Swimming - Pools and lakes tend to be much more crowded on the Fourth of July. This means parents need to be extra vigilant about watching their little ones play in the water. If you are drinking, you are more likely to forget about your kids, so try to moderate the alcohol. Also, if you or your children are unable to swim you might want to avoid the water altogether.
Pets - Animals can be extra sensitive to the loud noises of fireworks. If your dog or cat is sensitive then make plans ahead of time. You can try a thunder shirt, rescue remedy drops, or even a sedative prescribed by your vet to keep your animal calm. Make sure they are safe and comfortable so that when the booms begin they can't run off. If you have a dog, it's a good idea to get them out for a potty break while it's still daylight. Once the fireworks begin you won't be able to get them to budge!
Veterans - Please be aware that some veterans have post traumatic stress syndrome. This means they may react to the fireworks in a negative way. Try to be sensitive to their needs.
I live in Ohio which means I see a lot of snow in the winter. It sure is pretty but it can be a real pain to shovel. By pain, I mean back pain!! My doctor recently told me she has seen a ton of people coming through her office who hurt their back shoveling. Don't let this happen to you. There are tips that will make your shoveling a safe and more enjoyable experience:
The good news is spring is just around the corner!!
Do you feel safe at home? For the most part, I do, except when my husband is away and especially at night. I am sure my paranoia is a result of the numerous movies I have watched and books that I have read, none the less it is important to feel safe at home. There are several things you can do to help you feel safer in your own home.
Feeling safe at home is essential to your well-being. I hope these tips are useful and I encourage anyone with more ideas to contribute with comments.
It’s party season! In the next three months we attend more parties than any other time of year. During these parties, we tend to over indulge in both food and drinks. Many of these parties are hosted by or attended by employers and you want to avoid embarrassing stories the next work day. You probably also want to avoid the dreaded hang-over that seems to last much longer as we age. I’ve complied some tips to help you navigate a fun holiday season.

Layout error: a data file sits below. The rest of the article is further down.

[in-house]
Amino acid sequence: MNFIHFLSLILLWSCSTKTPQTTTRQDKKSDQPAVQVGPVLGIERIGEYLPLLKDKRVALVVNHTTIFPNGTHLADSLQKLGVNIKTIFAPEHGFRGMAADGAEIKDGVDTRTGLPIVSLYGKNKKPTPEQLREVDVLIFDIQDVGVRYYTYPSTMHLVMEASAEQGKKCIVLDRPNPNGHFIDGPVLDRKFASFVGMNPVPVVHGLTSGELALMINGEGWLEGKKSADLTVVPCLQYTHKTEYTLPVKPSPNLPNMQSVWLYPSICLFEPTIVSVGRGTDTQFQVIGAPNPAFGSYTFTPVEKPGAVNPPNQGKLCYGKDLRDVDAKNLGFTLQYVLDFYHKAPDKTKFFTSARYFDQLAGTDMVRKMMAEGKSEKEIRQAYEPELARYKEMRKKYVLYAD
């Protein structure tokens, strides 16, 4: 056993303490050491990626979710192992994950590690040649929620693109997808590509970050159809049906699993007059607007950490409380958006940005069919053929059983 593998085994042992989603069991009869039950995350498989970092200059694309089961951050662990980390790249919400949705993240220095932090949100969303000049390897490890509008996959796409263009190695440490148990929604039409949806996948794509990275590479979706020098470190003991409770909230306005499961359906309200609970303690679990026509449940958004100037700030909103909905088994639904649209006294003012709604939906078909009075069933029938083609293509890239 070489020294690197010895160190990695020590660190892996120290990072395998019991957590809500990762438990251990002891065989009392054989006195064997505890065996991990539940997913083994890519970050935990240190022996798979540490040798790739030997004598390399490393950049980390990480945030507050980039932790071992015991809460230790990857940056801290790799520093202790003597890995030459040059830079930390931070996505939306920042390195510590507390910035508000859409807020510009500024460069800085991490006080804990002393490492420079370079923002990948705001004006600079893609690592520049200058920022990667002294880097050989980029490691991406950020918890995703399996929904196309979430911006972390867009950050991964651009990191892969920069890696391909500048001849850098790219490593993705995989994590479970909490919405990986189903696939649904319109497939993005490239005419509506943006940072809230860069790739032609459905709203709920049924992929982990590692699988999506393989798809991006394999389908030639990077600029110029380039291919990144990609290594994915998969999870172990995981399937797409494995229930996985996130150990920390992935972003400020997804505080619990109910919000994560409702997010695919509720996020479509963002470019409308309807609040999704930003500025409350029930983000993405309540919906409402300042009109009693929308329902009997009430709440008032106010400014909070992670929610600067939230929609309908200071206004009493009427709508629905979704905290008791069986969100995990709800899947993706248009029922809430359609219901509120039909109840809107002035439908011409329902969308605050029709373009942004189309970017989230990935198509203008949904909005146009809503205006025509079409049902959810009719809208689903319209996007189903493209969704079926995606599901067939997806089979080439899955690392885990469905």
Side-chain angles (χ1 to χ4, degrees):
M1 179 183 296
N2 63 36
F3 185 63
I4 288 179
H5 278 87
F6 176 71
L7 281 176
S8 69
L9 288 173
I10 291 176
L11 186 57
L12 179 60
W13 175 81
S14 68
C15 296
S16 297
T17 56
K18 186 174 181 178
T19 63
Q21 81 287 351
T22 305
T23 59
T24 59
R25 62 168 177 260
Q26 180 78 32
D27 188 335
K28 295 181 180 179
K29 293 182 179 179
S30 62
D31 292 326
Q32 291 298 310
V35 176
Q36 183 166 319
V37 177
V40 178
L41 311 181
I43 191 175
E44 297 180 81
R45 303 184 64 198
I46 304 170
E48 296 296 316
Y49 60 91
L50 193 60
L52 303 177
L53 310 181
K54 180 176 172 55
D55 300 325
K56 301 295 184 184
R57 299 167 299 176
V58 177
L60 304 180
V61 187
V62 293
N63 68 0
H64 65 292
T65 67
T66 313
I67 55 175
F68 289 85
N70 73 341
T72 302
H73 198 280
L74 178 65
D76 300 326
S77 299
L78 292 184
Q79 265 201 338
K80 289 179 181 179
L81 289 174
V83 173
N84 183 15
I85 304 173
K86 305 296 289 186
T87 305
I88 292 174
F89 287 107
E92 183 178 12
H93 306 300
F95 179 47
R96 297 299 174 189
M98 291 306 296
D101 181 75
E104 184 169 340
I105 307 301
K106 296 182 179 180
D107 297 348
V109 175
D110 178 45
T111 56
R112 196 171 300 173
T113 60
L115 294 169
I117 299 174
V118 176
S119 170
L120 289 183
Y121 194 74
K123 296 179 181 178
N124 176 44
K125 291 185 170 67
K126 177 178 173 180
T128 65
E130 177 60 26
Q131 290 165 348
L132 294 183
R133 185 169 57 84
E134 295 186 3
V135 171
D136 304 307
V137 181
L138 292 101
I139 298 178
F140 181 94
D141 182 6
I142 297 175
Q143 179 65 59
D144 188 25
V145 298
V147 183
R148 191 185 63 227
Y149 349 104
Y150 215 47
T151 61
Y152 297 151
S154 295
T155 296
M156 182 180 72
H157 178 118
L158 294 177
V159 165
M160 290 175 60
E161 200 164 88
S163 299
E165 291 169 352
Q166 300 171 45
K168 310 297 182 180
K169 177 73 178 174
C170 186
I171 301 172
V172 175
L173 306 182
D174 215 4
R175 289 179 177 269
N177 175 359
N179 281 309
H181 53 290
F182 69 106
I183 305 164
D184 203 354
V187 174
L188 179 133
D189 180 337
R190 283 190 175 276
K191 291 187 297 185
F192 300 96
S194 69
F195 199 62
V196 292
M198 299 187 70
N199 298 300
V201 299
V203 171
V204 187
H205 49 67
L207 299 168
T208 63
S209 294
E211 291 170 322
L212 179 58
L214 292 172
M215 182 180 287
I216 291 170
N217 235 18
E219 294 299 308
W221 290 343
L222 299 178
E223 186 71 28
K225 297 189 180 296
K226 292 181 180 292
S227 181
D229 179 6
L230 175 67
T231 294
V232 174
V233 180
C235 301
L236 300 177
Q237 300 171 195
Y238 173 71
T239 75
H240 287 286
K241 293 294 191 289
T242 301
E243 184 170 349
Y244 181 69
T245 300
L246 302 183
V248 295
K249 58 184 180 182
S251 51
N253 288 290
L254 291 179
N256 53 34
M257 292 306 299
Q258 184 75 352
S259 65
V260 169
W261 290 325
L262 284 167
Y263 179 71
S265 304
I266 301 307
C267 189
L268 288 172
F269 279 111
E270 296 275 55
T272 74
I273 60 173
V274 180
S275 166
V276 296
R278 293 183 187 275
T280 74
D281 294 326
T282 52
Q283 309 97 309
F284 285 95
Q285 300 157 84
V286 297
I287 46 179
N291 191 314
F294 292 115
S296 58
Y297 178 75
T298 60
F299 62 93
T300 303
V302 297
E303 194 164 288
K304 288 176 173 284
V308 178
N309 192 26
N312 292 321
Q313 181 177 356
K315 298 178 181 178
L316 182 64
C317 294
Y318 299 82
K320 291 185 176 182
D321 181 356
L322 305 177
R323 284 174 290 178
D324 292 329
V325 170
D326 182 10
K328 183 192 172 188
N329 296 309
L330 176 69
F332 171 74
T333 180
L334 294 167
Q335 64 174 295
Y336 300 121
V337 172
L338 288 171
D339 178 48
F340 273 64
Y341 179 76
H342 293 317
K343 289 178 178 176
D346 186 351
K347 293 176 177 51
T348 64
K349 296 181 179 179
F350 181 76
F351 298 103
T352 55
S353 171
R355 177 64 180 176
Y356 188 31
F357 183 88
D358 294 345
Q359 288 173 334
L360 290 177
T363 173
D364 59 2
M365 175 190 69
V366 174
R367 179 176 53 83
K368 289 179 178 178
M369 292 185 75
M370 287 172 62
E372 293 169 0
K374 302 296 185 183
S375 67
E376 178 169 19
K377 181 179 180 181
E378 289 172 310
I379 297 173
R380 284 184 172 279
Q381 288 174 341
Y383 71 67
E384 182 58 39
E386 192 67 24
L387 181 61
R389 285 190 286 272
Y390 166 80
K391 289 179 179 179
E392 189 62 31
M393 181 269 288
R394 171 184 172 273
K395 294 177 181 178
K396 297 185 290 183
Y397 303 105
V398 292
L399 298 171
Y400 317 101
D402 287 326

· Always have a plan for a designated driver for any party you plan to attend and drink alcohol. Uber car is becoming very popular and is a great option if it is available in your area.
· Drink a full glass of water between each alcoholic drink. This will keep you hydrated and full.
· Choose a drink that you tolerate, but not love. This technique causes you to sip the drink slower.
· Be sure to have some snacks while you are drinking.
· Avoid pacing your alcohol intake with anyone else. It’s not a competition.
· Keep track of how many drinks you have consumed, most of us know our acceptable limit.
· Keep your drink with you at all times. You don’t want someone refilling it without your knowledge or worse, adding drugs to it.
· When you get home, drink another full glass of water.
· Get a full night of sleep.
· If you happen to wake up with a hangover, Sprite has been researched and shown to be the best hangover cure.
Be safe this holiday season!